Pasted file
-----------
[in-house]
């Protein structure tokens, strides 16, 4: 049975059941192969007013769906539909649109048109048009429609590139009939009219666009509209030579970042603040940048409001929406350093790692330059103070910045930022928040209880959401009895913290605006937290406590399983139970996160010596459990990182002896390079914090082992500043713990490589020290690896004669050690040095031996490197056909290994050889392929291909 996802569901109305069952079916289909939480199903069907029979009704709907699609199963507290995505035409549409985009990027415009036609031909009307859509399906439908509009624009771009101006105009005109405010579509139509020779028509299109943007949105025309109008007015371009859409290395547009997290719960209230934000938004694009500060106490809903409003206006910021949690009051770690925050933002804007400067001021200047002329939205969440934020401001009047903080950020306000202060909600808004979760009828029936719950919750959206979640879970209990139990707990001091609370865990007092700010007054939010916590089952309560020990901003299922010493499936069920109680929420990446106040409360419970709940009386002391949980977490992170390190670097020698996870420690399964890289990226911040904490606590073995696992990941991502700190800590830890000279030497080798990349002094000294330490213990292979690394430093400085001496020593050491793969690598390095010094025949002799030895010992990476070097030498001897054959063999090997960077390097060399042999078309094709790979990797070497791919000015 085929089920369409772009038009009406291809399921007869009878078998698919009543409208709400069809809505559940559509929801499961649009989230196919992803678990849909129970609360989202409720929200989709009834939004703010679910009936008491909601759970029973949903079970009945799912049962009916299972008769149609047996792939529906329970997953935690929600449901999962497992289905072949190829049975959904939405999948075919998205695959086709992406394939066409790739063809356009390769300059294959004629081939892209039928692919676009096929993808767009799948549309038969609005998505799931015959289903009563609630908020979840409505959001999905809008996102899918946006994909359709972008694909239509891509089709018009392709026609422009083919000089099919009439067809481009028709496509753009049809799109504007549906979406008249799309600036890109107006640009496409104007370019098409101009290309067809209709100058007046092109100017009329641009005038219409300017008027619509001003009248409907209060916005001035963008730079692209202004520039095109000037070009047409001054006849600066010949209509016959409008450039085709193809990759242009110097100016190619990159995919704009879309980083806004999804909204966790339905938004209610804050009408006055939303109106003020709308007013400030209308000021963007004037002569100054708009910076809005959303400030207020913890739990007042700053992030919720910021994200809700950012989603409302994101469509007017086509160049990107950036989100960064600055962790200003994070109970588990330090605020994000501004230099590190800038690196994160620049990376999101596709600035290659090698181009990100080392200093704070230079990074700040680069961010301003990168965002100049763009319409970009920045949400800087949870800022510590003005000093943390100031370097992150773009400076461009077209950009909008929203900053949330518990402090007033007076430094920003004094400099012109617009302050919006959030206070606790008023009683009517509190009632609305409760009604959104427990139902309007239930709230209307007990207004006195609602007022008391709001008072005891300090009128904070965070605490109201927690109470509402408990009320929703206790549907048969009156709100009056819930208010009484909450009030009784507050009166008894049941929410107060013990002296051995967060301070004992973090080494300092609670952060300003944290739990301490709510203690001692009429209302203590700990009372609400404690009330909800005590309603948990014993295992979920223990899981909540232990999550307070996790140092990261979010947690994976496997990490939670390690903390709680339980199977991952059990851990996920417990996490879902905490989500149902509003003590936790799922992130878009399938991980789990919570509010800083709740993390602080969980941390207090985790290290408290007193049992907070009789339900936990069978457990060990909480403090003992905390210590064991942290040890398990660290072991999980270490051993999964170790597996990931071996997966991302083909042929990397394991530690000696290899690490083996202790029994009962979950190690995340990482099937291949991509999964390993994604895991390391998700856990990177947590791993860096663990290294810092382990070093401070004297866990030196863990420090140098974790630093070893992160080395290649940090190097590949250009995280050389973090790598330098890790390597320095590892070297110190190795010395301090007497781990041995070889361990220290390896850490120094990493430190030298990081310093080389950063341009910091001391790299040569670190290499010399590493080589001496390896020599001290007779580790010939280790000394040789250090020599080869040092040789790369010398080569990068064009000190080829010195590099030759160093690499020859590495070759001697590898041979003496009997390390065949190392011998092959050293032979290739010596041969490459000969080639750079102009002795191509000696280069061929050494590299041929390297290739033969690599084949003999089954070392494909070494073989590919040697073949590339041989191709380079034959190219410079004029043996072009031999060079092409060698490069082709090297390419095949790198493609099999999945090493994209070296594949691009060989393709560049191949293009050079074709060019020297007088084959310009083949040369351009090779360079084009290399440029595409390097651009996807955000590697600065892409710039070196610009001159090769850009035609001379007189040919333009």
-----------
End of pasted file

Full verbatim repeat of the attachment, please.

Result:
[in-house]
């Protein structure tokens, strides 16, 4: 049975059941192969007013769906539909649109048109048009429609590139009939009219666009509209030579970042603040940048409001929406350093790692330059103070910045930022928040209880959401009895913290605006937290406590399983139970996160010596459990990182002896390079914090082992500043713990490589020290690896004669050690040095031996490197056909290994050889392929291909 996802569901109305069952079916289909939480199903069907029979009704709907699609199963507290995505035409549409985009990027415009036609031909009307859509399906439908509009624009771009101006105009005109405010579509139509020779028509299109943007949105025309109008007015371009859409290395547009997290719960209230934000938004694009500060106490809903409003206006910021949690009051770690925050933002804007400067001021200047002329939205969440934020401001009047903080950020306000202060909600808004979760009828029936719950919750959206979640879970209990139990707990001091609370865990007092700010007054939010916590089952309560020990901003299922010493499936069920109680929420990446106040409360419970709940009386002391949980977490992170390190670097020698996870420690399964890289990226911040904490606590073995696992990941991502700190800590830890000279030497080798990349002094000294330490213990292979690394430093400085001496020593050491793969690598390095010094025949002799030895010992990476070097030498001897054959063999090997960077390097060399042999078309094709790979990797070497791919000015 085929089920369409772009038009009406291809399921007869009878078998698919009543409208709400069809809505559940559509929801499961649009989230196919992803678990849909129970609360989202409720929200989709009834939004703010679910009936008491909601759970029973949903079970009945799912049962009916299972008769149609047996792939529906329970997953935690929600449901999962497992289905072949190829049975959904939405999948075919998205695959086709992406394939066409790739063809356009390769300059294959004629081939892209039928692919676009096929993808767009799948549309038969609005998505799931015959289903009563609630908020979840409505959001999905809008996102899918946006994909359709972008694909239509891509089709018009392709026609422009083919000089099919009439067809481009028709496509753009049809799109504007549906979406008249799309600036890109107006640009496409104007370019098409101009290309067809209709100058007046092109100017009329641009005038219409300017008027619509001003009248409907209060916005001035963008730079692209202004520039095109000037070009047409001054006849600066010949209509016959409008450039085709193809990759242009110097100016190619990159995919704009879309980083806004999804909204966790339905938004209610804050009408006055939303109106003020709308007013400030209308000021963007004037002569100054708009910076809005959303400030207020913890739990007042700053992030919720910021994200809700950012989603409302994101469509007017086509160049990107950036989100960064600055962790200003994070109970588990330090605020994000501004230099590190800038690196994160620049990376999101596709600035290659090698181009990100080392200093704070230079990074700040680069961010301003990168965002100049763009319409970009920045949400800087949870800022510590003005000093943390100031370097992150773009400076461009077209950009909008929203900053949330518990402090007033007076430094920003004094400099012109617009302050919006959030206070606790008023009683009517509190009632609305409760009604959104427990139902309007239930709230209307007990207004006195609602007022008391709001008072005891300090009128904070965070605490109201927690109470509402408990009320929703206790549907048969009156709100009056819930208010009484909450009030009784507050009166008894049941929410107060013990002296051995967060301070004992973090080494300092609670952060300003944290739990301490709510203690001692009429209302203590700990009372609400404690009330909800005590309603948990014993295992979920223990899981909540232990999550307070996790140092990261979010947690994976496997990490939670390690903390709680339980199977991952059990851990996920417990996490879902905490989500149902509003003590936790799922992130878009399938991980789990919570509010800083709740993390602080969980941390207090985790290290408290007193049992907070009789339900936990069978457990060990909480403090003992905390210590064991942290040890398990660290072991999980270490051993999964170790597996990931071996997966991302083909042929990397394991530690000696290899690490083996202790029994009962979950190690995340990482099937291949991509999964390993994604895991390391998700856990990177947590791993860096663990290294810092382990070093401070004297866990030196863990420090140098974790630093070893992160080395290649940090190097590949250009995280050389973090790598330098890790390597320095590892070297110190190795010395301090007497781990041995070889361990220290390896850490120094990493430190030298990081310093080389950063341009910091001391790299040569670190290499010399590493080589001496390896020599001290007779580790010939280790000394040789250090020599080869040092040789790369010398080569990068064009000190080829010195590099030759160093690499020859590495070759001697590898041979003496009997390390065949190392011998092959050293032979290739010596041969490459000969080639750079102009002795191509000696280069061929050494590299041929390297290739033969690599084949003999089954070392494909070494073989590919040697073949590339041989191709380079034959190219410079004029043996072009031999060079092409060698490069082709090297390419095949790198493609099999999945090493994209070296594949691009060989393709560049191949293009050079074709060019020297007088084959310009083949040369351009090779360079084009290399440029595409390097651009996807955000590697600065892409710039070196610009001159090769850009035609001379007189040919333009």